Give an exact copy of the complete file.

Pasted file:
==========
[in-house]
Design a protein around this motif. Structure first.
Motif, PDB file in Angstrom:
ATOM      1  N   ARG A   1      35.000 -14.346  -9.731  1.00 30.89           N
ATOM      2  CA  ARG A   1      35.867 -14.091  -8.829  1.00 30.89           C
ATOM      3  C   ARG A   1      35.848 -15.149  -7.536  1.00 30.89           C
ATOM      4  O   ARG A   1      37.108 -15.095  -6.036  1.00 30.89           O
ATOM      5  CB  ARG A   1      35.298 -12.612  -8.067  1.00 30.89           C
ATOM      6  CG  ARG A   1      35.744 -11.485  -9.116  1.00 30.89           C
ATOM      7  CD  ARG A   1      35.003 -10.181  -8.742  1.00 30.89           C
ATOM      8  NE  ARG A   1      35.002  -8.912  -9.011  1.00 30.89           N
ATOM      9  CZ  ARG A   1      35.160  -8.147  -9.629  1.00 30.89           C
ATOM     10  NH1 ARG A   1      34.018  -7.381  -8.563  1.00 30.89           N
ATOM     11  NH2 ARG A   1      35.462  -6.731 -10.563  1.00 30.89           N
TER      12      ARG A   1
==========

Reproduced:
[in-house]
Design a protein around this motif. Structure first.
Motif, PDB file in Angstrom:
ATOM      1  N   ARG A   1      35.000 -14.346  -9.731  1.00 30.89           N
ATOM      2  CA  ARG A   1      35.867 -14.091  -8.829  1.00 30.89           C
ATOM      3  C   ARG A   1      35.848 -15.149  -7.536  1.00 30.89           C
ATOM      4  O   ARG A   1      37.108 -15.095  -6.036  1.00 30.89           O
ATOM      5  CB  ARG A   1      35.298 -12.612  -8.067  1.00 30.89           C
ATOM      6  CG  ARG A   1      35.744 -11.485  -9.116  1.00 30.89           C
ATOM      7  CD  ARG A   1      35.003 -10.181  -8.742  1.00 30.89           C
ATOM      8  NE  ARG A   1      35.002  -8.912  -9.011  1.00 30.89           N
ATOM      9  CZ  ARG A   1      35.160  -8.147  -9.629  1.00 30.89           C
ATOM     10  NH1 ARG A   1      34.018  -7.381  -8.563  1.00 30.89           N
ATOM     11  NH2 ARG A   1      35.462  -6.731 -10.563  1.00 30.89           N
TER      12      ARG A   1